Lack of involvement from City of Cape Town

Sonke then posed a question to the chairperson asking if it is not HRC’s mandate to resolve this issue, who is responsible? The HRC was clear to say the City of Cape Town had all the responsibility vested in them. Sonke made a follow-up point to say that the same City had been invited to all the meetings and they not responded to any of the invitations. We asked ourselves what we can do to make sure that they are part of these discussions going forward. SAPS then said they will take it upon themselves to make sure that the minute reaches to relevant people.

Xenophobia, ignorance – and returning the favour

During the meeting one person from a local business made a very serious attack on foreign nationals claiming that refugees, in his understanding are destitute persons, and he cannot understand refugees that are walking with R50,000 in their pockets and yet claim to be refugees. Another elderly person stood up saying the only solution was that foreign nationals must pack and go by December. They said that the government is failing people as there are many refugees in SA who are taking our land day by day.

For a while there was a heavy tension in the meeting. In my Sonke capacity I stood up and said that the chairperson cannot allow a situation where a person is fuelling fire and goes unchallenged. I made it clear that foreign nationals are going nowhere! Sadly South Africans are the last ones to say that this must come to an end. People must learn to respect others and make an effort to understand why refugees are here, and what the laws and obligations are for our government and for us as citizens concerning these issues. As it turned out, one of the business people in the room was a man I knew had been an ANC exile in Lesotho, Zambia, and later in Uganda and I had spent spent time with him in Lesotho and Zambia. I pointed this out and said I couldn’t understand that how it could be that we are not keen to return the favour to others.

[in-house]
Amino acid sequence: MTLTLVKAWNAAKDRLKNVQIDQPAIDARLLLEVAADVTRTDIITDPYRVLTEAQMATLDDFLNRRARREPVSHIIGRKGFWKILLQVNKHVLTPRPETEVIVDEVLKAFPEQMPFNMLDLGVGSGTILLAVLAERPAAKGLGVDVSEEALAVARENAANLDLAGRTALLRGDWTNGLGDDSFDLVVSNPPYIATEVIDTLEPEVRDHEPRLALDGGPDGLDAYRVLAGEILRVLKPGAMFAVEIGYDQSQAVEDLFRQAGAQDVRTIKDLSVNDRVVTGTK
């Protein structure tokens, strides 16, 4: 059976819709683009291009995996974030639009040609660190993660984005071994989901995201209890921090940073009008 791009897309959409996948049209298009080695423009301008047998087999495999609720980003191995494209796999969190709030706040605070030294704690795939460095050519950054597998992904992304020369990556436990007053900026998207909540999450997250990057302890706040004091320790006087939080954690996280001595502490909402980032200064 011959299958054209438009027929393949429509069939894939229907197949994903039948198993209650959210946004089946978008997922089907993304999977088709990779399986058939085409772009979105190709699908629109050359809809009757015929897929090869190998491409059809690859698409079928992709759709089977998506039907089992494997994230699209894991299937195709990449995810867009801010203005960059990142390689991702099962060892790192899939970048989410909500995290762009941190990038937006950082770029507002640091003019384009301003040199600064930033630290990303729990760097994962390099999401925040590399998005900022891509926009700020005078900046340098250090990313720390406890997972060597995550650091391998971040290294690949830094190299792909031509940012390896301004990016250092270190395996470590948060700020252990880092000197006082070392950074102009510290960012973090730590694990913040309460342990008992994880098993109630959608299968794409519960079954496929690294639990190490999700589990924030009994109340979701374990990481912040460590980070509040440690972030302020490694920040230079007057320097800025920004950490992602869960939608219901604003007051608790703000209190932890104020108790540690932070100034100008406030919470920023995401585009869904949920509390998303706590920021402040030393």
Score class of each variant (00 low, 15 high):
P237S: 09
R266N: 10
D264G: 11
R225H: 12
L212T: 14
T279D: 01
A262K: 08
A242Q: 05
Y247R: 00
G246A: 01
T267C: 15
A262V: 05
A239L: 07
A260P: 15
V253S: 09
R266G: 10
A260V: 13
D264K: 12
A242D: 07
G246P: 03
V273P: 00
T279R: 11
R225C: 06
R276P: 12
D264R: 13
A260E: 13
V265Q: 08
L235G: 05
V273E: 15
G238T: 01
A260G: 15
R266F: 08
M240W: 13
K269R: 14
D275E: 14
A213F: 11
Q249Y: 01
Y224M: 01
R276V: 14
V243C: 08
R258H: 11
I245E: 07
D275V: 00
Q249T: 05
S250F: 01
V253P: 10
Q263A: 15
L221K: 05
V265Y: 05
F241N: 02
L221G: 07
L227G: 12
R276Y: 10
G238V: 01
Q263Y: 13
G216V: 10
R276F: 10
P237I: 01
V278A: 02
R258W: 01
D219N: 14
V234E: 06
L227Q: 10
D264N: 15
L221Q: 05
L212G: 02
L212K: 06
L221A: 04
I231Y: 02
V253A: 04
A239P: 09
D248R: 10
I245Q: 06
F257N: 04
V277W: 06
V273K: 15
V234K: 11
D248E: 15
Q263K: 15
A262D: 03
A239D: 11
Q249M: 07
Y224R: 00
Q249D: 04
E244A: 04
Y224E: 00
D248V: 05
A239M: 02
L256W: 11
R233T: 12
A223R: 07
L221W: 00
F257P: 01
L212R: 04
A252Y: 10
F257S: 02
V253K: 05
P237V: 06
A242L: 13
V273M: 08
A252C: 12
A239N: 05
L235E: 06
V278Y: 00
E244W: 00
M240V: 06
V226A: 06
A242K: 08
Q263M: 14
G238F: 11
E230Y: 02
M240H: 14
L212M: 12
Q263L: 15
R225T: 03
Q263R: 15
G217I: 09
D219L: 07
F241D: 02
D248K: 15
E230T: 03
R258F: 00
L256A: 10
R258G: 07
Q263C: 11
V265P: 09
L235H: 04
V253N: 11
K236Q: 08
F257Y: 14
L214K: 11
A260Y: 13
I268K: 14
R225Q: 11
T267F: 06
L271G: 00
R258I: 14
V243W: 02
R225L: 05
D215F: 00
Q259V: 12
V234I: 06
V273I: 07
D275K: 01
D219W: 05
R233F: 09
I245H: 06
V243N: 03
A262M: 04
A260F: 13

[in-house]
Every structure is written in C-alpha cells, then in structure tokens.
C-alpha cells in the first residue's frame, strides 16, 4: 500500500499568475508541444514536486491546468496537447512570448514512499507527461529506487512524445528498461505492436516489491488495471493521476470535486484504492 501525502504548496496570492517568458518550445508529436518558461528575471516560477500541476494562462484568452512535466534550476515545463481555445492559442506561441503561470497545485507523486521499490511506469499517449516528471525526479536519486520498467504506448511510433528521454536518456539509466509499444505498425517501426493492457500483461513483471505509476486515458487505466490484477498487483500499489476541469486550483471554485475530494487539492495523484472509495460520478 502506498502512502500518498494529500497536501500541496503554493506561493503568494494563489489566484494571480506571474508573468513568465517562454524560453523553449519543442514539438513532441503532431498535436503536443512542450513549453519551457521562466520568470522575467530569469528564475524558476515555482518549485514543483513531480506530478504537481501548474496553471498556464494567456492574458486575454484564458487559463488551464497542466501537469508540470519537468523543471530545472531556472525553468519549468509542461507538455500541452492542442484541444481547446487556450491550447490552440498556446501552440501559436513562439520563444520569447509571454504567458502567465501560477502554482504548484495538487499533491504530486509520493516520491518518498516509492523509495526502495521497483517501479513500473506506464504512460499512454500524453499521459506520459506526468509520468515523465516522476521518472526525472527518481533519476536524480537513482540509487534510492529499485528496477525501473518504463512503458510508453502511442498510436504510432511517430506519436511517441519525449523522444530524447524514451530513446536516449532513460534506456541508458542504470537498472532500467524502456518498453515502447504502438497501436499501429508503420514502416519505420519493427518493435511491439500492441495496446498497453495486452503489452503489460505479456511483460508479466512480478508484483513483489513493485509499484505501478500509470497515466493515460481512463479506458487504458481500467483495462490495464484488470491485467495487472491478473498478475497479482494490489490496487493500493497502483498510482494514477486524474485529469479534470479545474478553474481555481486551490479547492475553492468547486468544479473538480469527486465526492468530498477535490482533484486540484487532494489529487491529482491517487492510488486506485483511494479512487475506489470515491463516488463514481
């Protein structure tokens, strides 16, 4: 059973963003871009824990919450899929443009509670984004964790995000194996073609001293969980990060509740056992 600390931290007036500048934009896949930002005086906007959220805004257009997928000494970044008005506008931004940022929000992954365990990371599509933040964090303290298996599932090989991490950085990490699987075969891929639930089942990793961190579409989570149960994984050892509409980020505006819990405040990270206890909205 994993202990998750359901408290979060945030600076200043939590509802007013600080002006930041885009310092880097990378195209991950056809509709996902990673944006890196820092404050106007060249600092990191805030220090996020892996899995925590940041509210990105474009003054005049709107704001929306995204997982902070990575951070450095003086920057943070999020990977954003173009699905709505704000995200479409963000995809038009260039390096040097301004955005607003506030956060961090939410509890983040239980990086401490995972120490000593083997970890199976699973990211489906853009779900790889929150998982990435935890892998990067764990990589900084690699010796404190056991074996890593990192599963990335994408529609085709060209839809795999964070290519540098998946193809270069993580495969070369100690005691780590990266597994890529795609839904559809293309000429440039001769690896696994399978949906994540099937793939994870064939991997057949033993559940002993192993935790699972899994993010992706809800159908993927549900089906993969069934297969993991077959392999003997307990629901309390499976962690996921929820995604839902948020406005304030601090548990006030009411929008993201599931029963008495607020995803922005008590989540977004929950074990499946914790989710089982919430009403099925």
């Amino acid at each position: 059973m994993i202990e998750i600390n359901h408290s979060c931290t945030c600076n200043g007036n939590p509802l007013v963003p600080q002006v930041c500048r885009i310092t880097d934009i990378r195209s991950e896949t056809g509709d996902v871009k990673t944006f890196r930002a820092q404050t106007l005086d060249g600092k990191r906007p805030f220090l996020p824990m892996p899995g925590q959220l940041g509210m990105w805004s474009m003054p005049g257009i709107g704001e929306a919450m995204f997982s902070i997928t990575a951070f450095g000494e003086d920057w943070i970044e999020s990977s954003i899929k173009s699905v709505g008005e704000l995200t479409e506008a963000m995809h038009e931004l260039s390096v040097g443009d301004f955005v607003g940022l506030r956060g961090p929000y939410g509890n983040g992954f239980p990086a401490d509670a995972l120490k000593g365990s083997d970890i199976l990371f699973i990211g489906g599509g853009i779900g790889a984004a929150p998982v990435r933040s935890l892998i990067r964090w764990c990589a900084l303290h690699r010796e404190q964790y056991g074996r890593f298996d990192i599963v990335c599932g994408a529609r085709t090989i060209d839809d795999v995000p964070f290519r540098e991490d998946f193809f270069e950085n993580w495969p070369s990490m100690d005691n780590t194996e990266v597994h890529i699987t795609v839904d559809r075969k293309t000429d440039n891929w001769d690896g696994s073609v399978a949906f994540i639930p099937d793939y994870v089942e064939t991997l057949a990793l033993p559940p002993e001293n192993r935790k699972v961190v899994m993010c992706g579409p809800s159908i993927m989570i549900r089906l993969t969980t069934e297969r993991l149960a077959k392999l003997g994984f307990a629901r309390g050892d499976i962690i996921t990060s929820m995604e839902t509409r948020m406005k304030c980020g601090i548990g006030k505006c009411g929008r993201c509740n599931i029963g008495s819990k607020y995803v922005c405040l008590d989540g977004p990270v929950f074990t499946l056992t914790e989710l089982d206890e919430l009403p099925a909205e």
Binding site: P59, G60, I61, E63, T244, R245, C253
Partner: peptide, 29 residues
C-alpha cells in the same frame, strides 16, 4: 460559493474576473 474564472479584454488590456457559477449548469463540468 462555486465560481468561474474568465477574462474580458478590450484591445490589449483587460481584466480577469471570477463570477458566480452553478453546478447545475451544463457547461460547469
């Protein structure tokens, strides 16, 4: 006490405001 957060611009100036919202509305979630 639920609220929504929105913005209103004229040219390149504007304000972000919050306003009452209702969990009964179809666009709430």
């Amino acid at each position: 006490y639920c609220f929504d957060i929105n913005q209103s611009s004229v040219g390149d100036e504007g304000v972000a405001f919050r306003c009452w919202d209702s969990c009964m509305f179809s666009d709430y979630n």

There was jubilance and clapping of hands in the meeting and UNCHR also took the platform and addressed the crowd on their role. Patrick from UNHCR shared his personal story of witnessing many South Africans seeking help in Uganda, his home country. He said he was saddened to hear people calling for harassment of foreign nationals. He even cited the Rwanda massacre – that it started from one person planting seeds of hate, and later masses were killed. He said that this has to stop.

The meeting adjourned for lunch after which I unfortunately had to leave. I was informed that later, the tension resurfaced to the extent that the major general had to call an old man to order and remind him that everything said in the meeting was taped. He made it clear to him that if anything happens in December he will be the first to visited by the police. The man was instigating violence against foreign nationals, insisting that they must leave now – or else…

In sum, the meeting, while positive in its efforts to take into account the opinions of a wide group of parties, was missing one of the key stakeholders, the City of Cape Town. Until the situation receives careful and dedicated attention from the City, there is a limited amount of change that can happen and work that can be done.